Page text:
“Today we are having a hearing on the Biden Administration’s fiscal year 2022 budget request for the Centers for Disease Control and Prevention—our first subcommittee hearing this Congress, and our first hearing on the CDC’s annual funding request since 2014.

“Senator Blunt, I look forward to continuing to work with you, and our colleagues on both sides of the aisle, to build on the progress we’ve made previously, and help families in Washington state, Missouri, and across the country. And I intend to follow the example you set when it comes to chairing hearings, of ensuring every member has an opportunity to ask questions.

“Senator Blunt and I will each have an opening statement, then I will introduce our witnesses, Director Walensky, and Principal Deputy Director Schuchat. After the witness testimony, Senators will each have five minutes for a round of questions.

“Before we begin, I want to walk through the COVID-19 safety protocols in place. We are all very grateful to our clerks and everyone who has worked so hard to get this set up, and help everyone stay safe and healthy.

“Given the new guidance from the Centers for Disease Control and Prevention and the Office of the Attending Physician, I will be working with Senator Blunt, Committee members, and staff going forward to follow the new guidance.  

“For today, we will be conducting this hearing following similar COVID protocols to what we have used in the past: Committee members are seated at least six feet apart, and some Senators are participating by video conference. And while we are unable to have the hearing fully open to the public or media for in-person attendance, live video is available on our Committee website.

“And if you are in need of accommodations, including closed captioning, you can reach out to the Committee, or the Office of Congressional Accessibility Services.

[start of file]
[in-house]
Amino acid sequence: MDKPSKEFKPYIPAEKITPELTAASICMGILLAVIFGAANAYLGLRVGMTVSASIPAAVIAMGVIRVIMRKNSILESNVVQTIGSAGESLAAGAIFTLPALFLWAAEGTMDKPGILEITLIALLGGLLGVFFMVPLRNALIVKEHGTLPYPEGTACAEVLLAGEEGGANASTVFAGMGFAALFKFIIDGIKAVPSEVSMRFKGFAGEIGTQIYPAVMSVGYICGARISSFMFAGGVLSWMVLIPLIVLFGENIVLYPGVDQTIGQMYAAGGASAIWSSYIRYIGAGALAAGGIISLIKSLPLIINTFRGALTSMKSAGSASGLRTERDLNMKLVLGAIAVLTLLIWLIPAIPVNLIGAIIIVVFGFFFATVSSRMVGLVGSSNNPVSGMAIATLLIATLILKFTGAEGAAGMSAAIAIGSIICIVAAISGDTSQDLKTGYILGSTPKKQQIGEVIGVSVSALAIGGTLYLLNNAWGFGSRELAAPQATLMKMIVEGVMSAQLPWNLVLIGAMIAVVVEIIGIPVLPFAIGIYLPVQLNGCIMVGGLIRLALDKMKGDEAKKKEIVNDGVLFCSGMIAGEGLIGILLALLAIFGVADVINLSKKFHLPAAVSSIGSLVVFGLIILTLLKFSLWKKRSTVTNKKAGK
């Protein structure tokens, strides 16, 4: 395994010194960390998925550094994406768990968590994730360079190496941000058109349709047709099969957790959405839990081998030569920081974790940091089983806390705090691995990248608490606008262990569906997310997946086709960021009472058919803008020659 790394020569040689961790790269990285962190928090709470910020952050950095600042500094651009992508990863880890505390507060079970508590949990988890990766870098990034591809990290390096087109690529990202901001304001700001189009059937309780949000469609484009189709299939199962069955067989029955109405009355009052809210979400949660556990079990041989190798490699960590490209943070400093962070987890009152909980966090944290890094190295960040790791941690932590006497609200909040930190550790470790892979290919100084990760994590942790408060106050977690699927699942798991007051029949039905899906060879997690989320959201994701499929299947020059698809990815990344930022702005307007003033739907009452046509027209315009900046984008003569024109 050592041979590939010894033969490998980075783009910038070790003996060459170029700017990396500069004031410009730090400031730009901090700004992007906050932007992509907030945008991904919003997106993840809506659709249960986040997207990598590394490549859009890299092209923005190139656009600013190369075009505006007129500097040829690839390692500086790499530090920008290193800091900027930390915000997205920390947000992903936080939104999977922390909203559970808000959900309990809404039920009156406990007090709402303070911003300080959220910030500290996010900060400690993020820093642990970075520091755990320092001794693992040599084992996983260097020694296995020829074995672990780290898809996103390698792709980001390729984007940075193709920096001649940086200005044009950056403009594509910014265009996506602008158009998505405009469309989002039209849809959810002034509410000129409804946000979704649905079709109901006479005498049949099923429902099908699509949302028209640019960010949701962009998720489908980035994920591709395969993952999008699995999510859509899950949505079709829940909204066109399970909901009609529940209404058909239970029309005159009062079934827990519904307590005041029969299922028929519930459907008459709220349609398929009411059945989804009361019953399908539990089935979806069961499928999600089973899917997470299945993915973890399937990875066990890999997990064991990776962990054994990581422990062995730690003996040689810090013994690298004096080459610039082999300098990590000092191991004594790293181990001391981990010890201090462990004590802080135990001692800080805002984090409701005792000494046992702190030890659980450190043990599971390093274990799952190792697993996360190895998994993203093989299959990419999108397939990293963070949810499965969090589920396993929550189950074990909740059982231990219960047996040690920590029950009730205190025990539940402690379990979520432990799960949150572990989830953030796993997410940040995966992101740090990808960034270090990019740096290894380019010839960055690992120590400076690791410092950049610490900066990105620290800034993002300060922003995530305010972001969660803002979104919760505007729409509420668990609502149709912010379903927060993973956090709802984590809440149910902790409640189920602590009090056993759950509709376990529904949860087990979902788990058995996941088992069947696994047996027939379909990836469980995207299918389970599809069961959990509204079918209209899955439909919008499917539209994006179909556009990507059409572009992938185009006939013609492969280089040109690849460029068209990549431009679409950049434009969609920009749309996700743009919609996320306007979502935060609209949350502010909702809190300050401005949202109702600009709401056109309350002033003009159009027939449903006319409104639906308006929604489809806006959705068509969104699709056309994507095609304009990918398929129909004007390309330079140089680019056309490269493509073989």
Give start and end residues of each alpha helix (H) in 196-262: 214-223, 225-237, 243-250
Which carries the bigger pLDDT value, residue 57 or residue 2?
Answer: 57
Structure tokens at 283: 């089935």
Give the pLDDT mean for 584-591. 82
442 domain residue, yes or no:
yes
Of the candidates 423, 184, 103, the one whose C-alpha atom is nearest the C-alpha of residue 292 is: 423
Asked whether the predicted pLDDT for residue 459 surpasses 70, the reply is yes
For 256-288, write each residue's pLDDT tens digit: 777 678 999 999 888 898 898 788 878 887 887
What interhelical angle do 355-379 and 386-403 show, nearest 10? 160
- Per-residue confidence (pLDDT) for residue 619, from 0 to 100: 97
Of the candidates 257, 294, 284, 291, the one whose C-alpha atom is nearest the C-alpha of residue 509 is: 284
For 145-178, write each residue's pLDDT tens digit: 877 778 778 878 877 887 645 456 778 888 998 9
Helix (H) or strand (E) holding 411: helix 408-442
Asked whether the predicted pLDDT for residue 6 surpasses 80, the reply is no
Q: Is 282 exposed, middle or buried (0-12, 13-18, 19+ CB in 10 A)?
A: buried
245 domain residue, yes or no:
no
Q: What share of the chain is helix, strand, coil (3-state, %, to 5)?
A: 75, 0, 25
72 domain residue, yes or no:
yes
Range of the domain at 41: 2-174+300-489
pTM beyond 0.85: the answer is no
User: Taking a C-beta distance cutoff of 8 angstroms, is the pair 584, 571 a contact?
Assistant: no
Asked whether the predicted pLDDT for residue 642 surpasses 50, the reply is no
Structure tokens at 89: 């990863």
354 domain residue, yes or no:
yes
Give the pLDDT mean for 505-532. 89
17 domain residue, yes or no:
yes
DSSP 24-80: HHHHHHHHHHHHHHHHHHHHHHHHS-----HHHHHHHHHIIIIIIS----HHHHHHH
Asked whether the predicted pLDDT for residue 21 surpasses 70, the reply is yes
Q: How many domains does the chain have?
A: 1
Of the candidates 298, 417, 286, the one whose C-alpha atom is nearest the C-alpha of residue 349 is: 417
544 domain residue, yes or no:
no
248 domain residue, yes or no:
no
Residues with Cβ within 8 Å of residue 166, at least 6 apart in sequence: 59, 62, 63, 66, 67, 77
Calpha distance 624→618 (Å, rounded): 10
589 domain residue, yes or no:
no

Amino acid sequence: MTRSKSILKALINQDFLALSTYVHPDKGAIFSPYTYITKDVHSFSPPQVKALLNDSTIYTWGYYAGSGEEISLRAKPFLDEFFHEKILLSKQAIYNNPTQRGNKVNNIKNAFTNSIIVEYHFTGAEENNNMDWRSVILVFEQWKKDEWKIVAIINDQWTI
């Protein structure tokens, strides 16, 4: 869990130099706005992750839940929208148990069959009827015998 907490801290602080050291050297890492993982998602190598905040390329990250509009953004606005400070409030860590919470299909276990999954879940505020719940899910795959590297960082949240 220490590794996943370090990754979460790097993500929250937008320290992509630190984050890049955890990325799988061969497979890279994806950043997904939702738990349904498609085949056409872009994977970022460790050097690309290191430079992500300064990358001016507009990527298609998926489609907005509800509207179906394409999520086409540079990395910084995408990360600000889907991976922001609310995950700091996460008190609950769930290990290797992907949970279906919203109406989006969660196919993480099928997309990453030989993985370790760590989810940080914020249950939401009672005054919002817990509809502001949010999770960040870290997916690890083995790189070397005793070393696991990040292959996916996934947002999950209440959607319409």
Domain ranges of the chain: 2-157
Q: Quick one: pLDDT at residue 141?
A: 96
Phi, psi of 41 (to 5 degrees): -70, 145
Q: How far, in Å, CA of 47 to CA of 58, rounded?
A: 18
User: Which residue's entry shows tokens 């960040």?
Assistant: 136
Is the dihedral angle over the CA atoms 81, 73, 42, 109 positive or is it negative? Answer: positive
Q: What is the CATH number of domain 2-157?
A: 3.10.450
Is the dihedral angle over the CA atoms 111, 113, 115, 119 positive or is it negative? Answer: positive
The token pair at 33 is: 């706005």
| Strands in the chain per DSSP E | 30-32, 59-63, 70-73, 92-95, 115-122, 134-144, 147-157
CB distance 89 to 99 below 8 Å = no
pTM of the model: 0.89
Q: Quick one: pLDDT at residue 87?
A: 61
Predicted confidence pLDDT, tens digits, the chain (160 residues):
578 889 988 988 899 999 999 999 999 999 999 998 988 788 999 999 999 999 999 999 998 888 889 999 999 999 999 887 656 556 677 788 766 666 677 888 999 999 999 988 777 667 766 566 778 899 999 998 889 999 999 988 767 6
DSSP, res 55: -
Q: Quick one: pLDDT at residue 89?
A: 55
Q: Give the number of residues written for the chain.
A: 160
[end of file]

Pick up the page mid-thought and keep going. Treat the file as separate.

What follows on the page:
“I always say a budget is a reflection of your values and priorities, and, I think Americans can breathe a sigh of relief knowing this budget shows they now have a President who values science and public health.

“COVID-19 has offered a stark reminder of why we must make, and maintain, robust investments in public health. Experts at CDC have been on the frontlines of this crisis from day one—and every day since. We’ve seen firsthand how critical it is CDC be equipped to effectively collect and analyze data in real-time; communicate science-based public health guidance; help communities across the country get tests, vaccines, and clear, reliable information to people; and address inequities that undermine the health of people of color, people with disabilities, rural communities, and others.

“That’s why I’ve pushed for more funding for public health throughout this crisis. The tens of billions of dollars we’ve provided through six COVID bills so far, are supporting invaluable public health work at every level so we can finally end this pandemic. It has helped update and modernize data systems needed to track infections, variants, tests, vaccines, and inequities among demographic groups.

“It has helped fight misinformation, and promote simple protective measures that have saved countless lives—like wearing masks and social distancing.

“It has helped expand our testing efforts, get vaccines into arms, and build partnerships with trusted voices in hard-to-reach communities.

“And I was pleased to hear the Biden Administration announce last week it was investing over $7 billion from the American Rescue Plan, through CDC to create tens of thousands of jobs in public health at the state and local levels to fight COVID-19, and to help transition some of those workers to permanent careers as public health professionals.

“With new cases and deaths both down over 80 percent from their winter peaks, nearly three in five Americans vaccinated with their first dose, and over a third of Americans fully vaccinated, we can see the light at the end of the tunnel.  But even as we get closer to ending this crisis, we know we are not there yet, and we cannot afford to come up short.